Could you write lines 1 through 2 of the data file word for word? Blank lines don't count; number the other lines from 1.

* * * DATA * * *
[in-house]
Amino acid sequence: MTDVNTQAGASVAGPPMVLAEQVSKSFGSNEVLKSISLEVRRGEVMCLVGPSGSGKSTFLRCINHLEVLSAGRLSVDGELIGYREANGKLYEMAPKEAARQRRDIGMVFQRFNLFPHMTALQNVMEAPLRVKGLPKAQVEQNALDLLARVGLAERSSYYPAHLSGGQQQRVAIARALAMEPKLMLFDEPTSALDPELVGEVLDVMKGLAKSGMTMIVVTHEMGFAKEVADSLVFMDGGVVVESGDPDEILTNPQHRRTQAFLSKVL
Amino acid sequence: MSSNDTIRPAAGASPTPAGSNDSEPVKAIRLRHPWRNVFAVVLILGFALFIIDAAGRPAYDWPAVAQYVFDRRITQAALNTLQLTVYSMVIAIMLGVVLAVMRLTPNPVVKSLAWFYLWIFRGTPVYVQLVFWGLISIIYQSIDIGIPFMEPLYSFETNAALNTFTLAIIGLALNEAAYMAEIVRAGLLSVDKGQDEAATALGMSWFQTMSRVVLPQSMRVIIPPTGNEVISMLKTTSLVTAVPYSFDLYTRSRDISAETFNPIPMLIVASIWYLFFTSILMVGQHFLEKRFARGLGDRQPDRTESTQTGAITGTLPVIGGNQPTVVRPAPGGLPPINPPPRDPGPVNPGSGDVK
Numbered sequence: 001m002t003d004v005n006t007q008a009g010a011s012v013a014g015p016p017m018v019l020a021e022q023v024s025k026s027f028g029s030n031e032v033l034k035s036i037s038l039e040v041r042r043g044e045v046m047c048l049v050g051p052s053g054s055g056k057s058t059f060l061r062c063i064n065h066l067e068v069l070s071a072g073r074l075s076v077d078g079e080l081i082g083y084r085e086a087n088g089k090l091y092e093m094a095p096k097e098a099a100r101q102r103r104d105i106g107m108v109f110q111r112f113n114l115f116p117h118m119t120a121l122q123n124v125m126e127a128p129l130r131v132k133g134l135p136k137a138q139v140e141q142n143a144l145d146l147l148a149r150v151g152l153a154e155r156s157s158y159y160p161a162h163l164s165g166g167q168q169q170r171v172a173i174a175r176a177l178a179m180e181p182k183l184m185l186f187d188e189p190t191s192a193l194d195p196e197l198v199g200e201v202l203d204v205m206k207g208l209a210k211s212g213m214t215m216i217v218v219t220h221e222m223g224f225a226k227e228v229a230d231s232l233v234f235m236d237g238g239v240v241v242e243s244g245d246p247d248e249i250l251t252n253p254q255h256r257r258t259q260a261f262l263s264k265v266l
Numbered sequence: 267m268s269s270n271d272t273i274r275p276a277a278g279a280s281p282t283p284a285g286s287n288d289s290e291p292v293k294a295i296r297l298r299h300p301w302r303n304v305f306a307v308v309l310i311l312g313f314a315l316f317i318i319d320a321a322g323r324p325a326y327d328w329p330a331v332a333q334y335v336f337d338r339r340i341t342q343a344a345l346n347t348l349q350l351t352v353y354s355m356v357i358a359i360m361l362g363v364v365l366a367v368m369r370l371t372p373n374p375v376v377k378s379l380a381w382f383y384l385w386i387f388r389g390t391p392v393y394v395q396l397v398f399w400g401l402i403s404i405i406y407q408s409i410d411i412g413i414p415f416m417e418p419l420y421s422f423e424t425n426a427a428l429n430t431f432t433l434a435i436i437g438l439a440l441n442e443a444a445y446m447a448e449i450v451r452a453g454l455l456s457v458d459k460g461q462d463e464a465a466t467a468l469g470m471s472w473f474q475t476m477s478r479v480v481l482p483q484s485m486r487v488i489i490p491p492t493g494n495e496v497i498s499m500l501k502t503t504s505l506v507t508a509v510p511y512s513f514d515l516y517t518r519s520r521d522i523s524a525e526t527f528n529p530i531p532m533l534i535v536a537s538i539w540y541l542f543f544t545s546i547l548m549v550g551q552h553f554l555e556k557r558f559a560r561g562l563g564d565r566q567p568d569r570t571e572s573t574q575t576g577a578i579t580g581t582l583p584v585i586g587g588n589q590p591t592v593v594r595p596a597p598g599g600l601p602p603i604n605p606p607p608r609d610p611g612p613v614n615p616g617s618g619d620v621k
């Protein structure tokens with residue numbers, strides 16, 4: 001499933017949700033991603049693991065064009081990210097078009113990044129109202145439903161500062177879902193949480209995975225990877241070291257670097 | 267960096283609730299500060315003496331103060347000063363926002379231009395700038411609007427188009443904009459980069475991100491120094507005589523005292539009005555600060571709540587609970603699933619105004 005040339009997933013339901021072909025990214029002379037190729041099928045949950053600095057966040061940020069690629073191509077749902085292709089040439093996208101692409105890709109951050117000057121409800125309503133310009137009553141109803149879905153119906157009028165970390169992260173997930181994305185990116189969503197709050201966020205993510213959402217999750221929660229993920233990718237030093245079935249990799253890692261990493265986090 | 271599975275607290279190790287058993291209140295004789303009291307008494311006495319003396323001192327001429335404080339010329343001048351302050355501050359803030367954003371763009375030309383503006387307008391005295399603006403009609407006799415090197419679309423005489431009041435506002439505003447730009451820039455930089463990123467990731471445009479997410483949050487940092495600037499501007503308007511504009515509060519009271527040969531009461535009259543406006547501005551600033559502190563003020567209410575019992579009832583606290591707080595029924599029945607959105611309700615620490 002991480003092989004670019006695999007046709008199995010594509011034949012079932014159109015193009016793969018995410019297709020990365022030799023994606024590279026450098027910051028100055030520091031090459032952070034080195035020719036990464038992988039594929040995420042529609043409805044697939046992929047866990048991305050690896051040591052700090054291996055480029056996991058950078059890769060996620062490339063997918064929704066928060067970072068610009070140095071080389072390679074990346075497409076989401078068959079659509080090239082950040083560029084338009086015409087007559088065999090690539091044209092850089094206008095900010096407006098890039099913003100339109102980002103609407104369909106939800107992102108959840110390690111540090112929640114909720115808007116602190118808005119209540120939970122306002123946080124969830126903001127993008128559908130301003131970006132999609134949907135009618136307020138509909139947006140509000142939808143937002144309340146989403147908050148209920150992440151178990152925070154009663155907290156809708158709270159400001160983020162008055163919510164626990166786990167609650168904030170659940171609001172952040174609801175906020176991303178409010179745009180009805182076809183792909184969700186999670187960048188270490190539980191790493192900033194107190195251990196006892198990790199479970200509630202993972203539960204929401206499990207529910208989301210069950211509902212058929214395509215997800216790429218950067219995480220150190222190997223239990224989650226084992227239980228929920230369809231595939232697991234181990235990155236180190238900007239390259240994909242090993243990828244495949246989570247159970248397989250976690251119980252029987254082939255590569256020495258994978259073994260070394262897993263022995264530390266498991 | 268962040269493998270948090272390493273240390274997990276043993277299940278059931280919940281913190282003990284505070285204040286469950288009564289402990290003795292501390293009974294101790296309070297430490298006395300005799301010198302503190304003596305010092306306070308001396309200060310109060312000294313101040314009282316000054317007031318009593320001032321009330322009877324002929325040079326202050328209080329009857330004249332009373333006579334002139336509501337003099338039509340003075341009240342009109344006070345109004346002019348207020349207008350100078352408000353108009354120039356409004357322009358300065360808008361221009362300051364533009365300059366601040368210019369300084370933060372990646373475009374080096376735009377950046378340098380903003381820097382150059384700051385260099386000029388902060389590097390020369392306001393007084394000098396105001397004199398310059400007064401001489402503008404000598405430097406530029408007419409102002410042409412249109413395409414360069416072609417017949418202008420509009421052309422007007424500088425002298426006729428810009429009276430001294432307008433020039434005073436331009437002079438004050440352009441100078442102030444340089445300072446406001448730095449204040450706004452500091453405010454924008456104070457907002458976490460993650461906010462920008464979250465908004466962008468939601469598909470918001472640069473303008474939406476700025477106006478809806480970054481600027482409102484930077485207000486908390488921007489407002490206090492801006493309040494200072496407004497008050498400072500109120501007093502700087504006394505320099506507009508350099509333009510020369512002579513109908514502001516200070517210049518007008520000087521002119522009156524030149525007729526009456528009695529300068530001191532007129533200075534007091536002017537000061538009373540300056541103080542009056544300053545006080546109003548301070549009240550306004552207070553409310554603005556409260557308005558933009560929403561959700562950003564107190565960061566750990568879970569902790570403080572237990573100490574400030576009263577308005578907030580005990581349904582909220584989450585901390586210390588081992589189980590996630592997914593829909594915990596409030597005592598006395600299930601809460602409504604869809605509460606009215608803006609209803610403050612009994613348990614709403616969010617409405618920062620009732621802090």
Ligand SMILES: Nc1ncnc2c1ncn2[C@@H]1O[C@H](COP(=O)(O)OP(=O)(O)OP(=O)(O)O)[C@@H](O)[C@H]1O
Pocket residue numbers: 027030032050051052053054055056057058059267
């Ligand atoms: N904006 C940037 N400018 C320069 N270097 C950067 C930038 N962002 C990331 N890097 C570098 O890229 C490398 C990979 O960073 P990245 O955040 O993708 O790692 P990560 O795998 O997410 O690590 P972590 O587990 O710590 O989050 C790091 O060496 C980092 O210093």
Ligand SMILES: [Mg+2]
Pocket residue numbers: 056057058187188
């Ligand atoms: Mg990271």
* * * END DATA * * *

[in-house]
Amino acid sequence: MTDVNTQAGASVAGPPMVLAEQVSKSFGSNEVLKSISLEVRRGEVMCLVGPSGSGKSTFLRCINHLEVLSAGRLSVDGELIGYREANGKLYEMAPKEAARQRRDIGMVFQRFNLFPHMTALQNVMEAPLRVKGLPKAQVEQNALDLLARVGLAERSSYYPAHLSGGQQQRVAIARALAMEPKLMLFDEPTSALDPELVGEVLDVMKGLAKSGMTMIVVTHEMGFAKEVADSLVFMDGGVVVESGDPDEILTNPQHRRTQAFLSKVL